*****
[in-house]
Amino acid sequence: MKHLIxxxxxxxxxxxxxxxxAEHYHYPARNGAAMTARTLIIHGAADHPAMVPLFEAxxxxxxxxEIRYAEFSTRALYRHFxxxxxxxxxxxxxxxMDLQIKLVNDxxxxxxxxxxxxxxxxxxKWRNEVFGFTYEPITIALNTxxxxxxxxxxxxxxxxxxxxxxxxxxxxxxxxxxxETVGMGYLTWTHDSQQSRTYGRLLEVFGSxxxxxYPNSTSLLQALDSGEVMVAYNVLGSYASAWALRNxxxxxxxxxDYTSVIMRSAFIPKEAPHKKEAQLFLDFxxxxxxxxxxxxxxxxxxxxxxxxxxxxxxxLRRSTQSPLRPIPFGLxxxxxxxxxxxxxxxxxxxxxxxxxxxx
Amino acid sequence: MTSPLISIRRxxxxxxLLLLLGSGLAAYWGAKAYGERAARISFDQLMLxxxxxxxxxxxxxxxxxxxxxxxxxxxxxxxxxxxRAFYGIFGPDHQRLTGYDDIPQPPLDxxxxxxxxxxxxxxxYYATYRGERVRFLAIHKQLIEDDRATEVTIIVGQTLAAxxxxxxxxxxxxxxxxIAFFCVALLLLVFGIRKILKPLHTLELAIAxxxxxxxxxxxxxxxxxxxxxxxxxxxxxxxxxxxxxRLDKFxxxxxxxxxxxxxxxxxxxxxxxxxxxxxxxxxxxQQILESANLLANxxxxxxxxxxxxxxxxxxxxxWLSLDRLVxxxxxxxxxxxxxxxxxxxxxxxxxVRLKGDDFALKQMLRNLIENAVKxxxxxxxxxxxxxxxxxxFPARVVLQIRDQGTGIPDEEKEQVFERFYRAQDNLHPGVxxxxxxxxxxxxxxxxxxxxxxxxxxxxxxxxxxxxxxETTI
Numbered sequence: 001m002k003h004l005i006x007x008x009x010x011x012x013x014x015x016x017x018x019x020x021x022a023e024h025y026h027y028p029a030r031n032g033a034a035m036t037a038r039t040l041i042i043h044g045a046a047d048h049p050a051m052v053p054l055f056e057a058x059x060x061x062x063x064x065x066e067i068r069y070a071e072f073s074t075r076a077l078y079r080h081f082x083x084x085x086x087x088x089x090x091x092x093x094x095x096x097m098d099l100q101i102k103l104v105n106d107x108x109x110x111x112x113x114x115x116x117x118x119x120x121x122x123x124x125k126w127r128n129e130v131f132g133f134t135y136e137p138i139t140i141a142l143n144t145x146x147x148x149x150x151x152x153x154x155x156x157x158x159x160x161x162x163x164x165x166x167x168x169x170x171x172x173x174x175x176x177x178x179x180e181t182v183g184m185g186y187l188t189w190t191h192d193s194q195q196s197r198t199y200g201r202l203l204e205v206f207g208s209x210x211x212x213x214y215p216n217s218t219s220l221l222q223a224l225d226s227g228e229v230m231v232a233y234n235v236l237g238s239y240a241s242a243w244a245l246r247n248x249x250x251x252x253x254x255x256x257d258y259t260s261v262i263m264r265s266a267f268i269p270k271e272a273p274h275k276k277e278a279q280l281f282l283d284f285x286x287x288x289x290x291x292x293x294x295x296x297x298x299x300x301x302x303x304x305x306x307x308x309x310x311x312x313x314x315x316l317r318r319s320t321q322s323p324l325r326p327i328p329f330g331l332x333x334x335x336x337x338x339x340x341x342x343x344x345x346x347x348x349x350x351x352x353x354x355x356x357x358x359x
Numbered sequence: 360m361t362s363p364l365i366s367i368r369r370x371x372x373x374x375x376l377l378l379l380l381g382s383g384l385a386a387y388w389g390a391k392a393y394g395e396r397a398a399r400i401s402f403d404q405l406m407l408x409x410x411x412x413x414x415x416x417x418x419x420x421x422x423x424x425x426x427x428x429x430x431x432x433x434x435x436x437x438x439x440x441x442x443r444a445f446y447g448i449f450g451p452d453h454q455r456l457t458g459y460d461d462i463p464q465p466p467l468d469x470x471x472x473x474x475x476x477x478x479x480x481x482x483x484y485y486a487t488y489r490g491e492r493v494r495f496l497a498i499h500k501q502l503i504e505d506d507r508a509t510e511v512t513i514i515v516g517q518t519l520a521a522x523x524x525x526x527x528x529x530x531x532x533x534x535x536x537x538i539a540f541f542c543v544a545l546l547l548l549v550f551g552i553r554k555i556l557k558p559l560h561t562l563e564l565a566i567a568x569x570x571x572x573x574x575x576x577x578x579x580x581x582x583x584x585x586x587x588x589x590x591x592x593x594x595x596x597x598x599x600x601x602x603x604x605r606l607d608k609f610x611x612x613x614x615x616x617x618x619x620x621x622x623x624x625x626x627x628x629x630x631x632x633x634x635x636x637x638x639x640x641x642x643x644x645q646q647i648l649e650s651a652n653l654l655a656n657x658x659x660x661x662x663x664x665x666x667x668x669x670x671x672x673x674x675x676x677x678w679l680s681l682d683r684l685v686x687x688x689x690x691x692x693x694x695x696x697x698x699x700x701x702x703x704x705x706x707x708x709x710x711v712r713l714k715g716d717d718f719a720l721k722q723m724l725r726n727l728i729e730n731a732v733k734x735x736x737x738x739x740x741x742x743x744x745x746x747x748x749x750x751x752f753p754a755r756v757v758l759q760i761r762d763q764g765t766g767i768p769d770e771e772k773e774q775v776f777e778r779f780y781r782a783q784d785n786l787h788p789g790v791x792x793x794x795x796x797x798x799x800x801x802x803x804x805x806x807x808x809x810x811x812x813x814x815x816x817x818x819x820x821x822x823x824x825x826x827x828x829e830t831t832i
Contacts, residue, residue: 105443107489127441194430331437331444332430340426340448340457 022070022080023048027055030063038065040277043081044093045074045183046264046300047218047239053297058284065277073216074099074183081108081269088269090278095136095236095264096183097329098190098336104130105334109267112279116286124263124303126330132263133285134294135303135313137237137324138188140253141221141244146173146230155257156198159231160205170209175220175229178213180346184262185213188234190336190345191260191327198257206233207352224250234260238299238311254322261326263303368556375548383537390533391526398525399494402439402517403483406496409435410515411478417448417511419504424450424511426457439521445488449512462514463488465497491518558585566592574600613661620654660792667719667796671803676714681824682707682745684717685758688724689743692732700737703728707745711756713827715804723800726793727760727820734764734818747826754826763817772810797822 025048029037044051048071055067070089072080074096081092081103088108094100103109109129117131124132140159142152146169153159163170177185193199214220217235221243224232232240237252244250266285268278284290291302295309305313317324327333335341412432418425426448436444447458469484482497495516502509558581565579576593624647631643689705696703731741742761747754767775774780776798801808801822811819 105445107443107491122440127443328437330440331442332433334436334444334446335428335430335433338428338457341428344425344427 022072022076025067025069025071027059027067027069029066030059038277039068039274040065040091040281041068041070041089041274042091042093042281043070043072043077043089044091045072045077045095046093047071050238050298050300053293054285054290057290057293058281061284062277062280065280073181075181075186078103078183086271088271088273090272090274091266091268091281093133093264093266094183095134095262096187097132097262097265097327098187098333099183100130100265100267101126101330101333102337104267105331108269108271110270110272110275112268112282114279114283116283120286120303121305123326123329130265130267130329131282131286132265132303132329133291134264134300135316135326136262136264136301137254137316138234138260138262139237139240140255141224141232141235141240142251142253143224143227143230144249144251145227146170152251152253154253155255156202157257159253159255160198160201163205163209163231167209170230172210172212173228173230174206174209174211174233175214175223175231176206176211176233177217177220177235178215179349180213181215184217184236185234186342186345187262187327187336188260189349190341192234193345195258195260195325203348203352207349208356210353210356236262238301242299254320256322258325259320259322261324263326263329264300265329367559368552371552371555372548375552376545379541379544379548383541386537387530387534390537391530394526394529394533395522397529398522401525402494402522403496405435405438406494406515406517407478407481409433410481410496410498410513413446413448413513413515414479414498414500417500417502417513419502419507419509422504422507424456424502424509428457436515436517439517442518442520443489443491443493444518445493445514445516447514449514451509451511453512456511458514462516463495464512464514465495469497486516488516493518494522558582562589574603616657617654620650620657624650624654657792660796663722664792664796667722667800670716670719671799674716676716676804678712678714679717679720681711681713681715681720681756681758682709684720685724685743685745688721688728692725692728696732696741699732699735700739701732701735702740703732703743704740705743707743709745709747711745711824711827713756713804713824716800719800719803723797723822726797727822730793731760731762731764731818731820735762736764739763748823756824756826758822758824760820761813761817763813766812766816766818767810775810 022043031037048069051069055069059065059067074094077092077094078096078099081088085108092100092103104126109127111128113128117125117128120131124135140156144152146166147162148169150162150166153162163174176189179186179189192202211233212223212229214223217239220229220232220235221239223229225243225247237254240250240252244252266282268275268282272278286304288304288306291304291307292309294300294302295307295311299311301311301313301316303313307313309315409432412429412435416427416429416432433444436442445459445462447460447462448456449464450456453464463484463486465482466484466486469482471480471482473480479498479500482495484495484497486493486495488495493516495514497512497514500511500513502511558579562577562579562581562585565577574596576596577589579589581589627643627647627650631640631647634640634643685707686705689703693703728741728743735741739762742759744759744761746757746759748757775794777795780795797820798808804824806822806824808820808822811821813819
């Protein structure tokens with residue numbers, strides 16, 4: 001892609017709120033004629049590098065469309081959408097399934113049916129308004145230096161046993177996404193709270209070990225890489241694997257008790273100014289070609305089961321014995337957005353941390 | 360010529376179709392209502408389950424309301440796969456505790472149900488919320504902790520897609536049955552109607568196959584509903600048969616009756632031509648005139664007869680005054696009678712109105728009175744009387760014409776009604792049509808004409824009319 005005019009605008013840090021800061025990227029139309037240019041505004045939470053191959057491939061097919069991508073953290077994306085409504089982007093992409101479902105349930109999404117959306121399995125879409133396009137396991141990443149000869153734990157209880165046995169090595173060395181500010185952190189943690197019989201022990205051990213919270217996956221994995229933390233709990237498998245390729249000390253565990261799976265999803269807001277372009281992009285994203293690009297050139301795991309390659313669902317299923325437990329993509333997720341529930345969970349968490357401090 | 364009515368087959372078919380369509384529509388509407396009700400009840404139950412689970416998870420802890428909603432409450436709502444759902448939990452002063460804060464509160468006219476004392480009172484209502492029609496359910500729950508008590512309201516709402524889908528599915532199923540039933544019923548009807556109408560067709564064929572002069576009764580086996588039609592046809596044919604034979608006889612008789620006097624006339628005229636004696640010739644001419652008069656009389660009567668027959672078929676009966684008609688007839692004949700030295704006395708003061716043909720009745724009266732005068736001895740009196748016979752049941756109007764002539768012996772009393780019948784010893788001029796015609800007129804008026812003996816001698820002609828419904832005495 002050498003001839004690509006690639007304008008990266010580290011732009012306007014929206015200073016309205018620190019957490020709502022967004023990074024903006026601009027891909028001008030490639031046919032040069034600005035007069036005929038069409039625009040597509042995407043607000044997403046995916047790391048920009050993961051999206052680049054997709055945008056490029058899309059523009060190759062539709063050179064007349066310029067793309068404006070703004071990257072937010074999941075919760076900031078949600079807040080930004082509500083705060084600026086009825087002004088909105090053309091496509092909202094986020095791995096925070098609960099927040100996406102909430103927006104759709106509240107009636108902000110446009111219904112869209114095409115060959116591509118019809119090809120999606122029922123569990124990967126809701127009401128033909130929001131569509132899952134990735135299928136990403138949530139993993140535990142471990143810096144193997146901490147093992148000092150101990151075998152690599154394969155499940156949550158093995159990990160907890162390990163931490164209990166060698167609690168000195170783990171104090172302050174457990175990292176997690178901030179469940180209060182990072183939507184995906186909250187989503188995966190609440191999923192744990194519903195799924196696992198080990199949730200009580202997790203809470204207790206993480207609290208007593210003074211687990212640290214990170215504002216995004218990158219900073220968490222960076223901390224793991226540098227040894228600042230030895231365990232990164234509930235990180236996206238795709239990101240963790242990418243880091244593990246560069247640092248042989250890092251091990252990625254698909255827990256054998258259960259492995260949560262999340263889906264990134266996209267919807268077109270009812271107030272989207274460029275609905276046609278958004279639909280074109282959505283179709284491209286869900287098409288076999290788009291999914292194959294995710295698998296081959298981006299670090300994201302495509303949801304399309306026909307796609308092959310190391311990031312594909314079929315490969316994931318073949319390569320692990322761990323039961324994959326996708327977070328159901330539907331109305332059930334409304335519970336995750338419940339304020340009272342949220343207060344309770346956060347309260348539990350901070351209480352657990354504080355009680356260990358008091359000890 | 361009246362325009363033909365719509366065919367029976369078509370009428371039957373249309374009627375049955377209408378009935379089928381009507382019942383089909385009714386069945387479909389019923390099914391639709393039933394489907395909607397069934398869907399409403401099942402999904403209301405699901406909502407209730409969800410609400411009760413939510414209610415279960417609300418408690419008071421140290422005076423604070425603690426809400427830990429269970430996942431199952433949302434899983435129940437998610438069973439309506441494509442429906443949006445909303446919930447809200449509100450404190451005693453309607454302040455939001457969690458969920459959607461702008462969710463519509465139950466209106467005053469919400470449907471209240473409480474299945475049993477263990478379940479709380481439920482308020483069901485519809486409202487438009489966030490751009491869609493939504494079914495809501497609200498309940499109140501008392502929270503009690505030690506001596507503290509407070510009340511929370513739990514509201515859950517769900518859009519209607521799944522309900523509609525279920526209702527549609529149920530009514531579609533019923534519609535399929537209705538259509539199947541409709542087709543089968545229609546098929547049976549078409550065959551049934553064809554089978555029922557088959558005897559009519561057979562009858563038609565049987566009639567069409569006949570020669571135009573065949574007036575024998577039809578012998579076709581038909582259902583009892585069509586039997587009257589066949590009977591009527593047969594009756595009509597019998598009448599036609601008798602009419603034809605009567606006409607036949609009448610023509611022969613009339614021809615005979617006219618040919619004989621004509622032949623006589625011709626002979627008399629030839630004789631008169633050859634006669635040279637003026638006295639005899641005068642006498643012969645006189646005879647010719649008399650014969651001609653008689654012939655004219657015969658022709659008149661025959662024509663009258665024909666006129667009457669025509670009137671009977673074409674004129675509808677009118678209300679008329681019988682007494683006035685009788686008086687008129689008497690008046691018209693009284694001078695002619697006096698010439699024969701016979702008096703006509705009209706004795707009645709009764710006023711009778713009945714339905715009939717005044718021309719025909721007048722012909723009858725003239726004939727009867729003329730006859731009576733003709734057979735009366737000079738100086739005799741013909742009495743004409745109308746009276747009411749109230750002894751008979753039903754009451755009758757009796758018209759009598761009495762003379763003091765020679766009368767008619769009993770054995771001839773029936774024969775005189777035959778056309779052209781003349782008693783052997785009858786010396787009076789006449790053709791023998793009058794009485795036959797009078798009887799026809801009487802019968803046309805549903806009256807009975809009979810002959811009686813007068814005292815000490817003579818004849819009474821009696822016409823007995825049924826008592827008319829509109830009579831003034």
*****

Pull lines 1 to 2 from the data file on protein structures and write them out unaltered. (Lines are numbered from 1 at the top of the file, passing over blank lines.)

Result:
[in-house]
Amino acid sequence: MKHLIxxxxxxxxxxxxxxxxAEHYHYPARNGAAMTARTLIIHGAADHPAMVPLFEAxxxxxxxxEIRYAEFSTRALYRHFxxxxxxxxxxxxxxxMDLQIKLVNDxxxxxxxxxxxxxxxxxxKWRNEVFGFTYEPITIALNTxxxxxxxxxxxxxxxxxxxxxxxxxxxxxxxxxxxETVGMGYLTWTHDSQQSRTYGRLLEVFGSxxxxxYPNSTSLLQALDSGEVMVAYNVLGSYASAWALRNxxxxxxxxxDYTSVIMRSAFIPKEAPHKKEAQLFLDFxxxxxxxxxxxxxxxxxxxxxxxxxxxxxxxLRRSTQSPLRPIPFGLxxxxxxxxxxxxxxxxxxxxxxxxxxxx